Tricky Business

MPR reminds us that “Flood forecasting is tricky business” with a Radio-on-the-TV Youtube feature. Didn’t know Minnesota Public Radio was on Youtube. Then again I’m a dial-up guy who still remembers when MTV actually played music videos.

The Grand Forks Herald reported Thursday:

A statement from the office of Minnesota Gov. Tim Pawlenty this afternoon said President Barack Obama has approved a major disaster declaration clearing the way for federal relief and recovery assistance in Polk, Marshall, Kittson, Norman, Wilkin, Traverse and Clay counties along the Red River in northwestern Minnesota.

“I’m also renewing my request that the federal government authorize assistance to individuals and households, as many families have been severely impacted by this flood,” Pawlenty said.

One would think we would have learned our lessons ten years ago, but nobody agrees what those lessons are and what to do about it. The governors of North Dakota and Minnesota are pushing to get at least one thing done:

Pawlenty and Hoeven said they are organizing a mission to Washington, D.C. of local, state and congressional leaders to press the U.S. Army Corps of Engineers to advance the timetable for a study now underway to address broad-based flood protection in the Fargo-Moorhead are of the Red River Valley. Officials said the study, which isn’t scheduled for completion until December 2010, is moving too slowly to address the needs of the region.

“We need the Corps to do more than just study it – we need a plan and a commitment from the Corps for federal funding and project approval so that we can move forward with construction,” said Governor Hoeven. “Our budget committed $75 million in state funding for Fargo’s Southside Flood Project, which should be incorporated into the plan, and we are willing to commit more if necessary.”

“Flooding has affected Minnesotans and North Dakotans along the Red River Valley from the river’s headwaters to the Canadian border,” Governor Pawlenty said. “A comprehensive and equitable plan is needed to protect citizens in both states from future flood events. The good work already completed in East Grand Forks and Grand Forks is proof that mitigation is not only possible, but that it works.”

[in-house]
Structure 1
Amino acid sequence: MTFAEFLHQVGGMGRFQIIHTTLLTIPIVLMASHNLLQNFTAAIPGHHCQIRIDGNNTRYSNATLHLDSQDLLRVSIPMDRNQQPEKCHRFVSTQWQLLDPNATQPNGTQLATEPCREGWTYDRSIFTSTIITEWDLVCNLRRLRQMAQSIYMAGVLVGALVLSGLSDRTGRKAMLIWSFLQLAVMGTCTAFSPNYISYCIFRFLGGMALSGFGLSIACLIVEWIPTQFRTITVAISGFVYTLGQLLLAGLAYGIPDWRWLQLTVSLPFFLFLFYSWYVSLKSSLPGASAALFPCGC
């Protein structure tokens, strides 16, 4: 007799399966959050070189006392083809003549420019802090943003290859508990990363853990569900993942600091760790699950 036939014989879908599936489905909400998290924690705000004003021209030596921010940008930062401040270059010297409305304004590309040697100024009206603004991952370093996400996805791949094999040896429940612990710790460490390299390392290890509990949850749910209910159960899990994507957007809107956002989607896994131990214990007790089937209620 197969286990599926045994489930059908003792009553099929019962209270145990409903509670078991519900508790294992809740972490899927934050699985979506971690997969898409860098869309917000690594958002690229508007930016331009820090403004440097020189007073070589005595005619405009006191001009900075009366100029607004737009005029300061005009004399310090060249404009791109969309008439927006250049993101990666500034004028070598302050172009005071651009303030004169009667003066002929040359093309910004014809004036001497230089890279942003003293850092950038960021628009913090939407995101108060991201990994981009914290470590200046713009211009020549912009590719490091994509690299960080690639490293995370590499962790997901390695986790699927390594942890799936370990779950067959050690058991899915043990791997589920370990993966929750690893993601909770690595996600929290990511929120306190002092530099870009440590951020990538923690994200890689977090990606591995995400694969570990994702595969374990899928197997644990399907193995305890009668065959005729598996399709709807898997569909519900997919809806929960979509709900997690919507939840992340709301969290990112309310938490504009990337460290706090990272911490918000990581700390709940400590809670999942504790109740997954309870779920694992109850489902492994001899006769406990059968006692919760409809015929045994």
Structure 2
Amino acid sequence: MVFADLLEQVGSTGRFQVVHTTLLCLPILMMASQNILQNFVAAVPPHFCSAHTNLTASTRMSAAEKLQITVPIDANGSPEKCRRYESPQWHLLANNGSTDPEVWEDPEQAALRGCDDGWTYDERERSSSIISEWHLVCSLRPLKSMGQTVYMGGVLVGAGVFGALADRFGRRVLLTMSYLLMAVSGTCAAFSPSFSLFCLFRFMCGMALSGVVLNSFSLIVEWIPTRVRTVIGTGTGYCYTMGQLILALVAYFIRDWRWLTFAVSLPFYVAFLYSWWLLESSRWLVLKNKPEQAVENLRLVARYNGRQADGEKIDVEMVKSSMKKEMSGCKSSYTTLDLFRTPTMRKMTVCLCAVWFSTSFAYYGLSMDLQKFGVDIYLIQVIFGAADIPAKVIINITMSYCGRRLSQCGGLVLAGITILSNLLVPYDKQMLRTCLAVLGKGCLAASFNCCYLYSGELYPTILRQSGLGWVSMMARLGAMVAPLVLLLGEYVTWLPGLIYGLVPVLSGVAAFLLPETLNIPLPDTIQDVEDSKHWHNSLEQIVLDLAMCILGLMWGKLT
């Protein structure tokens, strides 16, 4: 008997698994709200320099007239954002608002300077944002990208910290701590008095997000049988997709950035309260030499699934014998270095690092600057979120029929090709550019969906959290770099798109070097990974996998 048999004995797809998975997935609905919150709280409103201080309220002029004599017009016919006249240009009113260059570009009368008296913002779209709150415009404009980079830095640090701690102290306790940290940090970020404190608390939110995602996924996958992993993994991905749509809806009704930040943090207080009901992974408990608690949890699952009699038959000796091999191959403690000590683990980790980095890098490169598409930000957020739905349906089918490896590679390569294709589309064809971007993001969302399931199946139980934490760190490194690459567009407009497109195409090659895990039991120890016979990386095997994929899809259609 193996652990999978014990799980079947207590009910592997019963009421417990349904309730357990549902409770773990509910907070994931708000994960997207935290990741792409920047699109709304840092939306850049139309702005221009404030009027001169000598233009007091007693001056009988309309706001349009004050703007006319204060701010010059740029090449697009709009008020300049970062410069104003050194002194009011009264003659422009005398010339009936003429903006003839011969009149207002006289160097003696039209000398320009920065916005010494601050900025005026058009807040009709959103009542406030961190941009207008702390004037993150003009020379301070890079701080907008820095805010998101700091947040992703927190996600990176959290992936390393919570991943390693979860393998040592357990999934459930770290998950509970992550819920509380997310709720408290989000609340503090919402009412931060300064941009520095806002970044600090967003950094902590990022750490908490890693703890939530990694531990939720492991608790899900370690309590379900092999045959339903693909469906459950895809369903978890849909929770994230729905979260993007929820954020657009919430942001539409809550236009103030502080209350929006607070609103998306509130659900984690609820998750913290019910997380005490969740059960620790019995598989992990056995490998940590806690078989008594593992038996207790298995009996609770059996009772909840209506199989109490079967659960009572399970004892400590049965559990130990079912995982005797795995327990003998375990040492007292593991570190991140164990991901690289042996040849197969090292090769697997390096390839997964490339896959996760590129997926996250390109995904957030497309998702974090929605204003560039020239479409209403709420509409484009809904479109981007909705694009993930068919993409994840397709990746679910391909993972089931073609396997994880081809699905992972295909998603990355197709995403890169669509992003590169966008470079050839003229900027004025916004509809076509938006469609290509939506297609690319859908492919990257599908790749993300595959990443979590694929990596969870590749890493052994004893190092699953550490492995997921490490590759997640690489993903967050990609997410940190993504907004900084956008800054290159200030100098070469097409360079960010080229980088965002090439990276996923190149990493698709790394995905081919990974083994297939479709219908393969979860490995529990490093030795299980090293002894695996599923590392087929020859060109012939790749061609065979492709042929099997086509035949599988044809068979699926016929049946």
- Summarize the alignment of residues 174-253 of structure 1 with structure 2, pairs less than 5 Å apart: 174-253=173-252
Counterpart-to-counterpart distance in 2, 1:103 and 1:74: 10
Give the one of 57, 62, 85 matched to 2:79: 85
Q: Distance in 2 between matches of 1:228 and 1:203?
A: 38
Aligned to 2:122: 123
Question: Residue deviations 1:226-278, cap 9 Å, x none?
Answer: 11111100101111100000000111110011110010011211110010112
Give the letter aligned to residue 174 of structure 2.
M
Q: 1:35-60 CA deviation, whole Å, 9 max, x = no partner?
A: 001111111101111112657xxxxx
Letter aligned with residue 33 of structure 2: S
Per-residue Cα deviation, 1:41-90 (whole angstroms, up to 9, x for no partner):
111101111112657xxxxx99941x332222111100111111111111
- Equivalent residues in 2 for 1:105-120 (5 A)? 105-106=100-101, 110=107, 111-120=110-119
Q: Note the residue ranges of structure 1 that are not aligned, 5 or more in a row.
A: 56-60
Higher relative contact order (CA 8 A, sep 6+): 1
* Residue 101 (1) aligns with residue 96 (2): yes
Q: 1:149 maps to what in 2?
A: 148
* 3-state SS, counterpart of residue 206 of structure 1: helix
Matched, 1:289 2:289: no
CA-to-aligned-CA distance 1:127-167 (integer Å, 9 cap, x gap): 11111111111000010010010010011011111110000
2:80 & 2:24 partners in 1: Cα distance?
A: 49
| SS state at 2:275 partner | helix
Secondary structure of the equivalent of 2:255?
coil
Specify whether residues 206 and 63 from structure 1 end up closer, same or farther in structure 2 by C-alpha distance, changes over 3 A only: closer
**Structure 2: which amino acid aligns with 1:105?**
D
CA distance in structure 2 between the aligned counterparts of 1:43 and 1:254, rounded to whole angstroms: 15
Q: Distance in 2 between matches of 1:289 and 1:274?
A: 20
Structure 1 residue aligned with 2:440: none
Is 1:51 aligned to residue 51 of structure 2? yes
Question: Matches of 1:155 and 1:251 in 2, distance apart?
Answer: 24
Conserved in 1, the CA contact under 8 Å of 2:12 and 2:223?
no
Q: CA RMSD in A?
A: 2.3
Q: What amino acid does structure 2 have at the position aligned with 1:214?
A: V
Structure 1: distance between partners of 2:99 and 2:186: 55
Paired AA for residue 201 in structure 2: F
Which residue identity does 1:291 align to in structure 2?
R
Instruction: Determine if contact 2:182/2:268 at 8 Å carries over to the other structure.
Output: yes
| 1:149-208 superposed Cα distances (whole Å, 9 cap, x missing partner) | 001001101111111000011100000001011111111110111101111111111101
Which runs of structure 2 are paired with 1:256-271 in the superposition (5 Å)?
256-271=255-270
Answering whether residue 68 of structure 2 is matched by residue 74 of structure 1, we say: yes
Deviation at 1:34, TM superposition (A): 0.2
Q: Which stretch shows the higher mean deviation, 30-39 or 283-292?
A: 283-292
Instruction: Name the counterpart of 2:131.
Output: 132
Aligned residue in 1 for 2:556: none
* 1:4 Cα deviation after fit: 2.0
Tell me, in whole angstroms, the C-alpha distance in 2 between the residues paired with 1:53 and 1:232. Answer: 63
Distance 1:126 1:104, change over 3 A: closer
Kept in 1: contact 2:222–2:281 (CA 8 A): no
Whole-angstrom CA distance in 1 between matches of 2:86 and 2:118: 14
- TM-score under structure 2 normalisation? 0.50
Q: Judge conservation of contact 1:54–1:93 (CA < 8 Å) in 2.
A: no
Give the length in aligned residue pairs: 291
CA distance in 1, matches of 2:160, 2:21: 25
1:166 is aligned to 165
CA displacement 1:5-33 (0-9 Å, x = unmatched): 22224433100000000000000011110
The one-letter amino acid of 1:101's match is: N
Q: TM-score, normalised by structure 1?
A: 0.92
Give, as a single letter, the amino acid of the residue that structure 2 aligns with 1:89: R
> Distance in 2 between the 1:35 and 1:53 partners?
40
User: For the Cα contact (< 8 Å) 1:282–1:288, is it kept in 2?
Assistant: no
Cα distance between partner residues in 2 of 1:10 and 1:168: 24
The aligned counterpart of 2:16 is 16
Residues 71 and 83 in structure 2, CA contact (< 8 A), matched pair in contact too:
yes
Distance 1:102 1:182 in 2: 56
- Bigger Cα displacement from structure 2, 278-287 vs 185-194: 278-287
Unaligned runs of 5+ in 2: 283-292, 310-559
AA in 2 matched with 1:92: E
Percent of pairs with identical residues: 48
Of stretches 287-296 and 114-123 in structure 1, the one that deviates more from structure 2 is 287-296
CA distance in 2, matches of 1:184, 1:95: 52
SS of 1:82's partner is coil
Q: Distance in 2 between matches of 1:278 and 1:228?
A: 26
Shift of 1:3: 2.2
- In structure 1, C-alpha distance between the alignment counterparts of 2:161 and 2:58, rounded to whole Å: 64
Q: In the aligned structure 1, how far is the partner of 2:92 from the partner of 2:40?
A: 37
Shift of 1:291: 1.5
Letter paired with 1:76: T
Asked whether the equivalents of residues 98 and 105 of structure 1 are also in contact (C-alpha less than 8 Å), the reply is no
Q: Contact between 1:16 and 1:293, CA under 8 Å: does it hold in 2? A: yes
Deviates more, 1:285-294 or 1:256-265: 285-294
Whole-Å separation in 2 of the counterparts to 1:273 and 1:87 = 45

Hoeven said he believes the Corps has money in its budget. “There will be no better time than the present to make a solid commitment to the people of Minnesota and North Dakota to get this job done.”

There’s politics afoot as well, with the Minnesota Legislature debating if more money should be borrowed for flood protection projects. Guess I need to do my part and get back to finishing our local all hazard mitigation plans.

(Cross-posted from JCShepard.com)

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Goose River flooding

I remember putting on my rubber barn boots & grabbing a shovel, heading down by the banks of the Goose River between Mayville and Portland, right there on North Dakota Highway 200 by the park.

Goose River flooding homes in Mayville, ND

 
Several homes and businesses have taken on water in Mayville as the Goose River spills out of its banks, according to the Traill County Sheriff’s Office.
Capt. Steve Hunt said the flooding began late morning and early afternoon Tuesday along Highway 200 at the bottom of a hill in Mayville.
The flooded buildings included a city shop, three businesses and four homes, he said.
“At least two of them have a foot of water on the main floor,” he said.
The city planned to shore up sandbags around its water plant, he said. 
 

Mike Nowatzki, Forum report  3/25/09 Forum newsroom
Posted by: floodblogger on 3/25/2009 at 8:59 AM |

The situation in the Red River Valley this year is a flash-back to 1997, when a late ice-storm slowed down the snowmelt saving Fargo from the Flood of the Century and dooming Grand Forks.  The Forum is reporting today: